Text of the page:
Mary Beth Edelson, Feminist Art Pioneer, Is Dead at 88

Eufemia Didonato

Mary Beth Edelson, a pivotal artist and organizer in the feminist art movement of the 1970s who was known as much for her participation in public protests as for her ritualistic performances, died on April 20 in Ocean Grove, N. J. She was 88.

The cause was end-stage Alzheimer’s disease, said her son, Nicholas Edelson.

What may be Ms. Edelson’s most famous work is also one of the defining images of the feminist art movement. She made it early in her career, when she was trying to move away from painting and into alternative forms of art. Taking a more conceptual approach, she asked 22 colleagues to suggest ideas of pieces she might create. The artist Ed McGowin suggested she take a critical look at organized religion as “a point of departure.”

“The first thing that came to my mind was the ways that they subjugate women, the way women are cut out of everything,” Ms. Edelson recalled in an online interview in 2013. “So, thinking of the iconic image of Leonardo da Vinci’s ‘Last Supper,’ I thought if I took all the male heads out and put female artists’ heads in, that would be a good statement for saying, OK, how does this feel when you look at it? How do you feel when you get cut out?”

In the resulting collage, “Some Living American Women Artists” (1972), Georgia O’Keeffe occupies Jesus’ spot at the table, with Helen Frankenthaler, Louise Bourgeois and Yoko Ono among the apostles. Around the border, Ms. Edelson pasted photographs of 69 more women artists, listing their names along the bottom of the work.

Mary Elizabeth Johnson was born in East Chicago, Ind., on Feb. 6, 1933, to Dr. Albert Melvin Johnson, a dentist, and Mary Lou (Young) Johnson, a homemaker, and showed an early interest in both art and social causes.

In 1947, she began taking Saturday art classes at the Art Institute of Chicago. (Her mother set up a studio for her in their house’s former coal cellar.) That same year, she organized a group to sponsor the emigration of a displaced Romanian family to the United States — without telling her parents until the family showed up at the house.

At Washington High School, she painted stage sets and illustrated the yearbook. She majored in art at DePauw University, in Indiana, graduating in 1955. In her book “The Art of Mary Beth Edelson” (2002), she noted that some faculty members objected to her senior thesis show, for reasons that remain unclear, and that, in her first experience of censorship, her paintings were removed.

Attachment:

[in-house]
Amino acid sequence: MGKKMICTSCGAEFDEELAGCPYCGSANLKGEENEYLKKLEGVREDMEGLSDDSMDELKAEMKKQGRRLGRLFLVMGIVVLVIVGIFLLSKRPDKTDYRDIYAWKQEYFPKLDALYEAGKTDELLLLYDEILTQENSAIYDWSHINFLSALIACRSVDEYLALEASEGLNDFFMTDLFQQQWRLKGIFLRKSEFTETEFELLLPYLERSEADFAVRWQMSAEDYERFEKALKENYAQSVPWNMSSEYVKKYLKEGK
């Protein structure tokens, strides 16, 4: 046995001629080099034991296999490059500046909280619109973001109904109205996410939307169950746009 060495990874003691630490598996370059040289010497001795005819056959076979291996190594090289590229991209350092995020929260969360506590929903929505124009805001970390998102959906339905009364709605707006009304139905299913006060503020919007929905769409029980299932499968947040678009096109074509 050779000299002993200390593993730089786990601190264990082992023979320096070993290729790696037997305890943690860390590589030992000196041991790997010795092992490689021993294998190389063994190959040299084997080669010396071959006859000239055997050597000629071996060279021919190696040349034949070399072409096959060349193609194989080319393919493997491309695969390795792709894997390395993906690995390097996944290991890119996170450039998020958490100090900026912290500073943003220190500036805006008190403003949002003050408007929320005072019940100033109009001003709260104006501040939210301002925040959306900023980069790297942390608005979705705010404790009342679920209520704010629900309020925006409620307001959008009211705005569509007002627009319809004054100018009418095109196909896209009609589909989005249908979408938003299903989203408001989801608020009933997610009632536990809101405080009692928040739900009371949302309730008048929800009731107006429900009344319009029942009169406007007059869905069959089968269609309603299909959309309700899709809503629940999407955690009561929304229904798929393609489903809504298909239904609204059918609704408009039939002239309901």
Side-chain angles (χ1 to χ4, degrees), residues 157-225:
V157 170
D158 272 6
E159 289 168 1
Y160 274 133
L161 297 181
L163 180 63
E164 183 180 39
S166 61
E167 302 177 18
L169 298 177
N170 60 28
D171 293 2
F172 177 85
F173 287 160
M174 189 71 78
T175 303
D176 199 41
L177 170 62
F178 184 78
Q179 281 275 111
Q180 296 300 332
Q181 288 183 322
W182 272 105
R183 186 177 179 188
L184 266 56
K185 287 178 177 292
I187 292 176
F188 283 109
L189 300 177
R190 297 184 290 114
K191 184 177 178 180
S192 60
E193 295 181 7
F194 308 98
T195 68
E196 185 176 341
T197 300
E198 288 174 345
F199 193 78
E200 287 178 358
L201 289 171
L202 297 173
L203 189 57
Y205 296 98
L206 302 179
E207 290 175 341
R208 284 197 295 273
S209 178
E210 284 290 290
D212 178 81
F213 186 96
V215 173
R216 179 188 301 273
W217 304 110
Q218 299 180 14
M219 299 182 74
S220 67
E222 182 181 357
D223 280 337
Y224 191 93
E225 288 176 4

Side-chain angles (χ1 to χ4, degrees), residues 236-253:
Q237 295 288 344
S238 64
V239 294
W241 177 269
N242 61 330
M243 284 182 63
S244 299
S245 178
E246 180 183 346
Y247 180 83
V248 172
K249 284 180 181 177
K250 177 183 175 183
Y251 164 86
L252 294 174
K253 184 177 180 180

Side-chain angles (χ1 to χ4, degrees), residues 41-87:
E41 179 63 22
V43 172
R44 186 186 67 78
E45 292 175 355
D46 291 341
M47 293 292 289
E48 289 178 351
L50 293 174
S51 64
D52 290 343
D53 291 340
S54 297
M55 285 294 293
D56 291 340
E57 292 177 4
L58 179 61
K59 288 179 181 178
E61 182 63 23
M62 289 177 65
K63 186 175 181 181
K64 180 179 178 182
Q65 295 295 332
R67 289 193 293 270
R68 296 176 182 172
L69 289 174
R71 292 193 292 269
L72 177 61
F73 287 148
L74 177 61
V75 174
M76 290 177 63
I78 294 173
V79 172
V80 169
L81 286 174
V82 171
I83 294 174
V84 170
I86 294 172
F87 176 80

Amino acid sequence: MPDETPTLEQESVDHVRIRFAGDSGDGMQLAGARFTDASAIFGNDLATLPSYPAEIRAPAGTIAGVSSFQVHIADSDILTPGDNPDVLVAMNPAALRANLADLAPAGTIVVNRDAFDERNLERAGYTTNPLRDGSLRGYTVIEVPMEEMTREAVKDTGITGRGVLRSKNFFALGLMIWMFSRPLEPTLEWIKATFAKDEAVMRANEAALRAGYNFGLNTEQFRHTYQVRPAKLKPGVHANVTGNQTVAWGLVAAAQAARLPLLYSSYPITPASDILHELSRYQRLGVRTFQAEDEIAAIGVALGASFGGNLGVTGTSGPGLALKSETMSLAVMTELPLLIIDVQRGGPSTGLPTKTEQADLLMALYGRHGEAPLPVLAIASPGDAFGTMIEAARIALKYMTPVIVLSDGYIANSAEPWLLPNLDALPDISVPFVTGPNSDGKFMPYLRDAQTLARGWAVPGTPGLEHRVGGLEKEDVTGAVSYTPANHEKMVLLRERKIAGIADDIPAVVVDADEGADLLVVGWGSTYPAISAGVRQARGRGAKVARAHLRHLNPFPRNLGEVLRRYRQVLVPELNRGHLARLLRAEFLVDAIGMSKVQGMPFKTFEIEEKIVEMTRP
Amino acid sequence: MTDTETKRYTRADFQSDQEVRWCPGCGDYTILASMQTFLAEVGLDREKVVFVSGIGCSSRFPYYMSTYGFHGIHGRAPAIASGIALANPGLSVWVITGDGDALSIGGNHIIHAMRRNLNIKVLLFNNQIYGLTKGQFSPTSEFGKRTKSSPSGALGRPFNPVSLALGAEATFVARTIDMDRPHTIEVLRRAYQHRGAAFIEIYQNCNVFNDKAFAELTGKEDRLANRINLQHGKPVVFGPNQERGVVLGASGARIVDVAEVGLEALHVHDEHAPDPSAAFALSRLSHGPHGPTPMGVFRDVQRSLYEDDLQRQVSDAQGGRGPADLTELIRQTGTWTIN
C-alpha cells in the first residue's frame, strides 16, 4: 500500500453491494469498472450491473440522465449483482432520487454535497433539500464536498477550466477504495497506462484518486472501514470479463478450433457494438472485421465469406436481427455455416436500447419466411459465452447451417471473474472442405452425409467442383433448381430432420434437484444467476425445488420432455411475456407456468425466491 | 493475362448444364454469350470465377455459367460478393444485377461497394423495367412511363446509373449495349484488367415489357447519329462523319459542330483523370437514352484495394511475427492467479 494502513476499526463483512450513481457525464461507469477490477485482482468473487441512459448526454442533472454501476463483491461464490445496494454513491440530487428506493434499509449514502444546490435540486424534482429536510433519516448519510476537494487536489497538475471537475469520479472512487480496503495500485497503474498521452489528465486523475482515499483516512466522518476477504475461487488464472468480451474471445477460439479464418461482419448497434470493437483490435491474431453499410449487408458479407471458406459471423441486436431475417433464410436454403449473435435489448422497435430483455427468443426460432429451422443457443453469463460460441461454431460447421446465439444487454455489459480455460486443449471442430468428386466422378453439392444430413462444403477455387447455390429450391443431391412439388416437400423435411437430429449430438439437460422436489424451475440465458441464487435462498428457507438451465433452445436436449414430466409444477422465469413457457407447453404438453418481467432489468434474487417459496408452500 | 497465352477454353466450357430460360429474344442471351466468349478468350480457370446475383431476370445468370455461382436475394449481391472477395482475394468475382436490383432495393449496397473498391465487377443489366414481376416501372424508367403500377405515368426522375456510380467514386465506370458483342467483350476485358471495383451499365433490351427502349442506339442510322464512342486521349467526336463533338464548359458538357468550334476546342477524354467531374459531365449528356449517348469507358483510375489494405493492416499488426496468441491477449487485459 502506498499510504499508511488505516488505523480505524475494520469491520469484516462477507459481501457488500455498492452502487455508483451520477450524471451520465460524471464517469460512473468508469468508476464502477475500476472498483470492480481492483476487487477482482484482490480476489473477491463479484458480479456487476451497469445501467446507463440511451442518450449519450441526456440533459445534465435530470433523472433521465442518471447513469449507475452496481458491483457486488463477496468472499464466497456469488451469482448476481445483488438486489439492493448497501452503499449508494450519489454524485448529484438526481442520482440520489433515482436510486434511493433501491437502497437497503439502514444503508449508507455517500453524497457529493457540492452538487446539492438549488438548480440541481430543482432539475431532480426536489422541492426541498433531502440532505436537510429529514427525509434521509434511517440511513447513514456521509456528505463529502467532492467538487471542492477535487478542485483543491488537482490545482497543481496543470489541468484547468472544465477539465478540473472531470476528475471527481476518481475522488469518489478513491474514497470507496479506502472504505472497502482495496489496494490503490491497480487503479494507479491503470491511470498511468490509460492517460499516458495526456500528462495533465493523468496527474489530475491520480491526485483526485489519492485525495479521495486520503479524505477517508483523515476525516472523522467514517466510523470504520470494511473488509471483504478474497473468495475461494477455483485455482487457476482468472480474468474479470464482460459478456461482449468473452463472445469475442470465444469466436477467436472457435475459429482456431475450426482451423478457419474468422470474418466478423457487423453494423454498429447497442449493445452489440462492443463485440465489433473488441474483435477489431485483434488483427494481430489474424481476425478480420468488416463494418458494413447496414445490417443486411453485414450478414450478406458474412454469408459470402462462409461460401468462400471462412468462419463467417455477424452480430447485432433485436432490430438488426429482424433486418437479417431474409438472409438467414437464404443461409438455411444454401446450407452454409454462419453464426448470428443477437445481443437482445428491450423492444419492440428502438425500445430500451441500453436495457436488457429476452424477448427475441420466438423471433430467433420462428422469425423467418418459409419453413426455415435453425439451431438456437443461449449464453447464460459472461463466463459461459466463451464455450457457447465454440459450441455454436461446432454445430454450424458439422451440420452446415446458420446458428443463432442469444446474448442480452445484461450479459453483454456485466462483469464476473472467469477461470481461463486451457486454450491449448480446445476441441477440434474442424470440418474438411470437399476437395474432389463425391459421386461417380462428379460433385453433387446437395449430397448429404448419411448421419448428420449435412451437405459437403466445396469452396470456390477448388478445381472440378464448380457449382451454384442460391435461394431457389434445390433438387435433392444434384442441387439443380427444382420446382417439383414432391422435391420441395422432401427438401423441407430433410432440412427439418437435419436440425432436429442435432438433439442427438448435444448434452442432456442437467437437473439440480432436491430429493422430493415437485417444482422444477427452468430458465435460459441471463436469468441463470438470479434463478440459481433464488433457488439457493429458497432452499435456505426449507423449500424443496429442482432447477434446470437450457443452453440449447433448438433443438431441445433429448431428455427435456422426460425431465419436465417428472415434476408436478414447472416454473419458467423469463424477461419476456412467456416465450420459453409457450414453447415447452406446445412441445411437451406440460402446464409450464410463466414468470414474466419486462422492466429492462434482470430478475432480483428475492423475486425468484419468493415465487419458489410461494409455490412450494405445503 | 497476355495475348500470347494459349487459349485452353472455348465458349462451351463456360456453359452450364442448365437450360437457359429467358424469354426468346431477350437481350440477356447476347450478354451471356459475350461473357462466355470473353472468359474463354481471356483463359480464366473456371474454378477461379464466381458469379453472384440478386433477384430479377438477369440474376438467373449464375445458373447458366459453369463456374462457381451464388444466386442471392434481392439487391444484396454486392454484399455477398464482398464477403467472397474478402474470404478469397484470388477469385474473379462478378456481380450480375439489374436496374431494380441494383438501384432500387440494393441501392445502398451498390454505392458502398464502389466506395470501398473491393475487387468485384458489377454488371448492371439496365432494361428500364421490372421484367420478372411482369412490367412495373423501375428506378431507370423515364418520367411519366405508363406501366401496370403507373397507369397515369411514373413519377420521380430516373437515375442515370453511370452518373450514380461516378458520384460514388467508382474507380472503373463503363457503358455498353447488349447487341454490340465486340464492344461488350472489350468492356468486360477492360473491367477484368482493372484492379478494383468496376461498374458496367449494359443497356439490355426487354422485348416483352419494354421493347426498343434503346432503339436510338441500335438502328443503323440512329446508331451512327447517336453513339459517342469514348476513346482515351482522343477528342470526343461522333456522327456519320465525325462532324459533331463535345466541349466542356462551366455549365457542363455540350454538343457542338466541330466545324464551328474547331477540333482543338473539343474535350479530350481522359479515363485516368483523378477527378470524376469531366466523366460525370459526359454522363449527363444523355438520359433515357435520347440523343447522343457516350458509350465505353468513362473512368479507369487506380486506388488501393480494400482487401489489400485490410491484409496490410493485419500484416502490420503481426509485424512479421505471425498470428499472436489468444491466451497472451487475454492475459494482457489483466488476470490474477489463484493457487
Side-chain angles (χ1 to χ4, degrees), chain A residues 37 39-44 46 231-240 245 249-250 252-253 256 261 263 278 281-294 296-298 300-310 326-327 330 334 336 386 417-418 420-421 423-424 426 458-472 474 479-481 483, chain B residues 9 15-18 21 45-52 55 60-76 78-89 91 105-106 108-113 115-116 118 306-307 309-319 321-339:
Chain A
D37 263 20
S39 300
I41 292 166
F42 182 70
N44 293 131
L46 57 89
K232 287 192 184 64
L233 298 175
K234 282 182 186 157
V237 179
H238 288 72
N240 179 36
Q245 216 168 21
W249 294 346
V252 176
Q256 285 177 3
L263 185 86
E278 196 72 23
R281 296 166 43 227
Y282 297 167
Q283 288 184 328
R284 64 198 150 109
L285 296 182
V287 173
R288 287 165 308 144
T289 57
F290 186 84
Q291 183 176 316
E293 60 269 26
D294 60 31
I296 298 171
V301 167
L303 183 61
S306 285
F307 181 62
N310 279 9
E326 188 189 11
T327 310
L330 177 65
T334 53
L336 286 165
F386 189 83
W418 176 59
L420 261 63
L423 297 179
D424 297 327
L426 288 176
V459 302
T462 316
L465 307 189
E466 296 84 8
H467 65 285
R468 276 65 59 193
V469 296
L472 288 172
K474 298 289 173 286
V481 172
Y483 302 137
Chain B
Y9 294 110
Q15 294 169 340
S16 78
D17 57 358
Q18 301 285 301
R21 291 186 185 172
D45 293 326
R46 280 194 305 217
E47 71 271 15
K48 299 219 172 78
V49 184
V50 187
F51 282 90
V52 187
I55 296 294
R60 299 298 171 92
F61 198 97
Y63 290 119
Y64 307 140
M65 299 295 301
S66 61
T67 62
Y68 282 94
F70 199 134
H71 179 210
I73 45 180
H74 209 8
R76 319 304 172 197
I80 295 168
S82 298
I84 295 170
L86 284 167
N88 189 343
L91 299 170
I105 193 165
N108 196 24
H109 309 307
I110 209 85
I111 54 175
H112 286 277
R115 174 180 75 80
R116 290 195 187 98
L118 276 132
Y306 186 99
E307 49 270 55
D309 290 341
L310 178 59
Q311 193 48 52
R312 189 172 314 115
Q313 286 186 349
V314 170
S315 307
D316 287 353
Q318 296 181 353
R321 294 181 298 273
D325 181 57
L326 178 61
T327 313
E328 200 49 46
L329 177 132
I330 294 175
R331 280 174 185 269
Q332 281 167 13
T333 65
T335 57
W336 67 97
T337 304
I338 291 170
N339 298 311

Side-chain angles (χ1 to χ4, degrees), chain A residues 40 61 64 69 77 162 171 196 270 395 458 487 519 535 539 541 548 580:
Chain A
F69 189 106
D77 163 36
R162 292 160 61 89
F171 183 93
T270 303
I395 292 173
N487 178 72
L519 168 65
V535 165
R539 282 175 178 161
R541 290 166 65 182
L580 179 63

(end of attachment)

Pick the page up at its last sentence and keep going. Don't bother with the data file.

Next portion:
Ms. Edelson married her college sweetheart, Richard Snyder, in 1955 and moved with him to Florida, but they divorced after six months. She then studied art at New York University, receiving a master’s degree in 1958.

After marrying Jerome Strauss, a lawyer, she moved to Indianapolis, where she continued to paint and taught at a college preparatory school. She gave birth to a daughter before divorcing again in 1964, and married Alfred Edelson, the head of a stationery manufacturing company with whom she had a son. In 1968 they moved to Washington, where her consciousness and career as a feminist artist really began.

Although her time in Washington was formative, it was also difficult: Ms. Edelson got another divorce, began a 27-year relationship with the artist Robert Stackhouse (they never married), and lost her daughter in a custody battle with Mr. Strauss. She was eager to return to New York City, and in 1975 she bought a loft in a cooperative building in SoHo.

In addition to her son, Ms. Edelson is survived by her daughter, Lynn (Strauss) Switzman; her sister, Jayne Glass; her brother, Allan Johnson; and three grandchildren.

In her seventh decade, Ms. Edelson’s work finally made its way into the mainstream. After five of her pieces were included in the “WACK!” exhibition, they were acquired by MoMA. She found commercial gallery representation.

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